The Whale: movie review round-up of new Darren Aronofsky film starring Brendan Fraser and Sadie Sink
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Darren Aronofsky’s The Whale has had its world premiere at the Venice International Film Festival.
And with critics finally getting their eyes on the long-awaited film - which stars Brendan Fraser as a reclusive and obese English teacher attempting to connect with his estranged teenage daughter - the first reviews are coming in.
So, is The Whale another Oscar contender for director Aronofsky, and the start of a Brendan Fraser renaissance - a ‘Brenaissance’ if you will - or will the movie be beached when it hits cinemas later this year?
Here’s what the reviewers are saying:
‘Fraser richly deserves to be nominated for a best actor Oscar’ - Nicholas Barber, BBC
The BBC’s Nicholas Barber is so convinced that Fraser should be in contention for an Oscar come awards season, that if he isn’t nominated, the reviewer “won’t just eat my hat, I’ll eat as many pizzas and cheese-and-meatball sandwiches as Charlie gets through in the film.”
A future of high-cholestoral may await Barber yet, as the critic ultimately awards The Whale just three stars, and says that “for a film that opens with a 40-stone man suffering chest spasms after masturbating to online pornography, The Whale turns out to be disappointingly stodgy and sentimental.”
But Fraser’s performance could still win out, fighting through the cloying, claustrophobic staginess of a film adapted from a play just as much as the actor must battle “the biggest ‘fat suit’ since Terry Jones exploded in Monty Python’s The Meaning of Life.”
“There’s a remarkable nimbleness to his facial movements and a soulful gentleness to his voice,” says Barber, “but it’s his wide, pleading, hopeful blue eyes that make it hard to imagine anyone else being as captivating in the role.”
‘This sucrose film is very underpowered’ - Peter Bradshaw, The Guardian
Peter Bradshaw over at The Guardian again praises Fraser’s performance, but once again notes how it is surrounded by a “vapid, hammy and stagey movie,” eventually awarding The Whale just two stars.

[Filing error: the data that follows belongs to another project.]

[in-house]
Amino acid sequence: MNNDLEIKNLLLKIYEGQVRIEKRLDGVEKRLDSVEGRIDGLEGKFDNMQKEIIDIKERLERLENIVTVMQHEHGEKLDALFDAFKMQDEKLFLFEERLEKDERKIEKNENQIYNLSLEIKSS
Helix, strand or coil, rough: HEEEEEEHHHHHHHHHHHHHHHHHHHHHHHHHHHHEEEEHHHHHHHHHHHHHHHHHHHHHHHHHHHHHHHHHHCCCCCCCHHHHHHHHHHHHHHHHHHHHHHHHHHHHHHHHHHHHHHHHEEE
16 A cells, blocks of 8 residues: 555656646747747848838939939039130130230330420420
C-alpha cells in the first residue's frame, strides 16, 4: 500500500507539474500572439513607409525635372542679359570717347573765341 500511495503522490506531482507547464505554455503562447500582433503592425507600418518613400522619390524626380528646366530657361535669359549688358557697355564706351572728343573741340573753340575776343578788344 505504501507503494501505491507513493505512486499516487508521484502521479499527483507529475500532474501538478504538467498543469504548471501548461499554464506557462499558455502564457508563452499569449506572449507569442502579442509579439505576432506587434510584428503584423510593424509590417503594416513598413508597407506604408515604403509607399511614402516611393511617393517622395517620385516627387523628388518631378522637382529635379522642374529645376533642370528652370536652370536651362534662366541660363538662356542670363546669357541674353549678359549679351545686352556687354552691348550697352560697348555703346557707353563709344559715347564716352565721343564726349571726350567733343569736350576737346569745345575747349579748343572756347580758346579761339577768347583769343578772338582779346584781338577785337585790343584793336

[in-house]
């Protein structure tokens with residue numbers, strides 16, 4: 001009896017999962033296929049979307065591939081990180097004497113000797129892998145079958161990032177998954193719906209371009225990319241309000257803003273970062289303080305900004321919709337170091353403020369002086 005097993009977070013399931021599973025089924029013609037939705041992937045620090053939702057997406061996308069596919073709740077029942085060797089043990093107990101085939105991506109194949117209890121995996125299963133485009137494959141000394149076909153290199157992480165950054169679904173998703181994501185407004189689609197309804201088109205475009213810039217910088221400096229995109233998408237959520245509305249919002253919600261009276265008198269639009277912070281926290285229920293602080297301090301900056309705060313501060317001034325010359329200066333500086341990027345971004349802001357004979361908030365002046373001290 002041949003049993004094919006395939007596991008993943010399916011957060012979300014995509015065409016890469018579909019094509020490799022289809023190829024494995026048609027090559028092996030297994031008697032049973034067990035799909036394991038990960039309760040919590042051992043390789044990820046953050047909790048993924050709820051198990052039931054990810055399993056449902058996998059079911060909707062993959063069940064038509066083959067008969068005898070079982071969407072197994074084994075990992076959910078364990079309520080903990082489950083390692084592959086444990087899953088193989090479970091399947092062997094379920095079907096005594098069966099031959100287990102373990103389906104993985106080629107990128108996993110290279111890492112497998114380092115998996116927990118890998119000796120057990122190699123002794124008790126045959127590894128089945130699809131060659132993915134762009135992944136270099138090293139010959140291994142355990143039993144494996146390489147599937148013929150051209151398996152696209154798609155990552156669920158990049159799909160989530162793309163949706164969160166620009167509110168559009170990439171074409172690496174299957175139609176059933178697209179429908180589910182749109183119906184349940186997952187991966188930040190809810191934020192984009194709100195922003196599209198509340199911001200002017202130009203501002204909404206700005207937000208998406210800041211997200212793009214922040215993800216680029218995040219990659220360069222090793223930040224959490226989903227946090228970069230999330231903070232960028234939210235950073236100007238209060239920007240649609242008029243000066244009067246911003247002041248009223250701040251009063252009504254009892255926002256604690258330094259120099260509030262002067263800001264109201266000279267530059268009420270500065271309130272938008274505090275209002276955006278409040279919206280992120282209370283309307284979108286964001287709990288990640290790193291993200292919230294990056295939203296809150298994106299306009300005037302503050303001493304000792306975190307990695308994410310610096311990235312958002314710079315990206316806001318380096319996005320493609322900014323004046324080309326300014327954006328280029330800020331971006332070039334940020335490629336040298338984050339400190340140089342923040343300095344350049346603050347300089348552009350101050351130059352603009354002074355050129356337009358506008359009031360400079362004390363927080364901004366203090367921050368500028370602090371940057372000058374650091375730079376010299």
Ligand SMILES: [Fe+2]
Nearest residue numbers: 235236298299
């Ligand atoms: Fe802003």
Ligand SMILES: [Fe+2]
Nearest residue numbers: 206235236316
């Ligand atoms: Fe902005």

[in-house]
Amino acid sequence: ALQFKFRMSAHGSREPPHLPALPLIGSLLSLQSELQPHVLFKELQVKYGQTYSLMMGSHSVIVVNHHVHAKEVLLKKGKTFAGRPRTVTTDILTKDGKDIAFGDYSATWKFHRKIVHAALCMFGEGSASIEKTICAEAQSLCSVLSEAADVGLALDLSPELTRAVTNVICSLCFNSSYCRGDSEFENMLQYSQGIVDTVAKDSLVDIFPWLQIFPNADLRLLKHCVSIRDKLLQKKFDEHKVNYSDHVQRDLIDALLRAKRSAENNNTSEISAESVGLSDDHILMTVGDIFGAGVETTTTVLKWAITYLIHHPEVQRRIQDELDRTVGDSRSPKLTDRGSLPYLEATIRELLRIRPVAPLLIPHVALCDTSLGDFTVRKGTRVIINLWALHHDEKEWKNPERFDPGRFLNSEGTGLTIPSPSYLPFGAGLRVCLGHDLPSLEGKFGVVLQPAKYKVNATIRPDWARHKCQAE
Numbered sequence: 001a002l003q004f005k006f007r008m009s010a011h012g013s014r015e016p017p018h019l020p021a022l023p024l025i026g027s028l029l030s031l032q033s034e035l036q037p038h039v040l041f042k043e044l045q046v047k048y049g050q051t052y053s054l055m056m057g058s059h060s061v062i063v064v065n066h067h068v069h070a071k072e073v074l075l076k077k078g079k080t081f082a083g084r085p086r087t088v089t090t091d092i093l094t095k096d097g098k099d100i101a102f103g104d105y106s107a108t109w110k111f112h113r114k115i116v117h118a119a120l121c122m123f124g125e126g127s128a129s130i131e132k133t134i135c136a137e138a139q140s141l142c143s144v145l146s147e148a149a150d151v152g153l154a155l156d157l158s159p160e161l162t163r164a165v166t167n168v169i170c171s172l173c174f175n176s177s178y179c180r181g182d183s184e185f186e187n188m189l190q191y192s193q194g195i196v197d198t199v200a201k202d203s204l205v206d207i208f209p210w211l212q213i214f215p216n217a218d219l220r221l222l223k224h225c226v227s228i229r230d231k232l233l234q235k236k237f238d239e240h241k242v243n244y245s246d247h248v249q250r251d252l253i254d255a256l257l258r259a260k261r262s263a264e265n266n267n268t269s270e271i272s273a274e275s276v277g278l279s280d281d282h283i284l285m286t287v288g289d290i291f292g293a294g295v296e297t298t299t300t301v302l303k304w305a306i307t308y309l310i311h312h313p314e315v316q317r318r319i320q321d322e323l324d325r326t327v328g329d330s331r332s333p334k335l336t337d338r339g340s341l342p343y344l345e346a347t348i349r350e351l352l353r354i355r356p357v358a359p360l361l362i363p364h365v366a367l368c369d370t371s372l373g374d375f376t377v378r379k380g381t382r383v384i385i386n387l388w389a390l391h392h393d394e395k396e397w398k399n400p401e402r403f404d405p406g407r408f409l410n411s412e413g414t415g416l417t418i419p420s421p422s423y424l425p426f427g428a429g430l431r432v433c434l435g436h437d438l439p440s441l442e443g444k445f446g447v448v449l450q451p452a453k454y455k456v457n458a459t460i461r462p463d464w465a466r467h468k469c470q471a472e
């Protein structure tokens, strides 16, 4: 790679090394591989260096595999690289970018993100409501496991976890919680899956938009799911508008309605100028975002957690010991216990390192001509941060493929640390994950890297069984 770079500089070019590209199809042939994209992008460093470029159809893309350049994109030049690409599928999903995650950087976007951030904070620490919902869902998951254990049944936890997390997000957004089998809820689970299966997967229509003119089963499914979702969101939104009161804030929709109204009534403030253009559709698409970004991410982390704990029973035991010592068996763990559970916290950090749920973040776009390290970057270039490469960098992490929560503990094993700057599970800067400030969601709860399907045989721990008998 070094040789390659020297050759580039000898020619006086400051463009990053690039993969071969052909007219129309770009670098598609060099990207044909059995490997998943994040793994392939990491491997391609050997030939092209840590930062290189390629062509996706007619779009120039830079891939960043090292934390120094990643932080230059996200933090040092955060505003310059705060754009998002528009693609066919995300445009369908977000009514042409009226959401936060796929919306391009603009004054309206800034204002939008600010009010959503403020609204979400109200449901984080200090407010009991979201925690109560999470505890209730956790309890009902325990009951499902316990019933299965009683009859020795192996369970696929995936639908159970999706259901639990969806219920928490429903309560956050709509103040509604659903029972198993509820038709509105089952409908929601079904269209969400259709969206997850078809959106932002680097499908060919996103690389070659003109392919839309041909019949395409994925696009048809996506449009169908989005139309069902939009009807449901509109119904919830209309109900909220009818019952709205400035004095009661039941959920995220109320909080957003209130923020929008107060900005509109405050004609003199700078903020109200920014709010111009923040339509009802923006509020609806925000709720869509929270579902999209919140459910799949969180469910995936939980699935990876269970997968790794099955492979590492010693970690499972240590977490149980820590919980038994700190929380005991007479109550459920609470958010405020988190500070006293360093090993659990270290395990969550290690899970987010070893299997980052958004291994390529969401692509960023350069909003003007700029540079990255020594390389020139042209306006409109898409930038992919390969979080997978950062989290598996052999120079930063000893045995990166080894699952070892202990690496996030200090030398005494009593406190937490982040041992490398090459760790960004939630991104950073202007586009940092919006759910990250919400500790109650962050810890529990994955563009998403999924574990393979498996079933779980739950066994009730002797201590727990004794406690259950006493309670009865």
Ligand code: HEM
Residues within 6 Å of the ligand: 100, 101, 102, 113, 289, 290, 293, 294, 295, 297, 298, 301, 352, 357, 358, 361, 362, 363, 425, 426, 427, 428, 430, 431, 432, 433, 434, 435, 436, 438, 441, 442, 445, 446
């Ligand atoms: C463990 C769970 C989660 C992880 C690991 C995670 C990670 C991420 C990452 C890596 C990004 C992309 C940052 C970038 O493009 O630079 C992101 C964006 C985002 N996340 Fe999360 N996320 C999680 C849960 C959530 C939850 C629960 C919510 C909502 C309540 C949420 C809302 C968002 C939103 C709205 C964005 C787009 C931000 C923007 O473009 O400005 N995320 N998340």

He calls the film the Venice Film Festival’s “biggest and most surprising disappointment”, saying “the writing clunks; the narrative is contrived and unconvincing and the whole film has a strange pass-agg body language.”
But the leading actor again draws positive comment, with Bradshaw saying “Fraser brings a definite gentleness and openness to the role of Charlie”, but though “his performance is good... it is upstaged by the showy latex and the special effect.
“Like a very serious male version of the ’Fat Monica’ prom video scene in Friends.”
‘It’ll be no surprise if Darren Aronofsky’s psychological drama wins a hatful of awards’ - Geoffrey Macnab, The Independent
The Independent’s review draws attention to the same staginess that other critics have poured scorn upon, but Geoffrey Macnab seems to take a different approach in his opinions.
Watching the “stagy and mawkish” film - which Macnab awards four stars - “you feel grossly manipulated”, but “the approach is undeniably effective.”
Director Aronofsky “goes so far out of his way to portray Charlie in the early scenes as a repulsive bum that it’s inevitable the character’s better qualities will soon emerge,” and “Fraser retains the genial qualities which made him so popular with audiences in mainstream 1990s movies.
“At times, you wonder why a filmmaker as sophisticated as Aronofsky is resorting to such manipulative tactics. Beneath all its blubber, though, this turns out to be a film with a very big heart.”
‘It is possible to be happy for a Brendan Fraser ‘Brenaissance’ and still think this is closed-circuit claptrap’ - Brian Formo, Collider
Brian Formo from Collider hopes that Fraser’s comeback isn’t halted by his latest film, which the reviewer describes as “ inorganic, gimmicky” and “manipulative.”
That’s likely due to the film’s origins as a stage play - from which it has been adapted for the big screen - which sees The Whale contained to the single setting of Charlie’s apartment.
“Single-setting films can definitely feel cinematic and bigger than the location due to well-written characters,” says Formo. “But the characters in The Whale only speak direct wants, needs, and desires every moment they are on screen. It does not feel organic or real.”
Despite “what the Internet might be broadcasting”, Formo hopes it is still “possible to be happy for a Brendan Fraser ‘Brenaissance’ and still think this is closed-circuit claptrap.”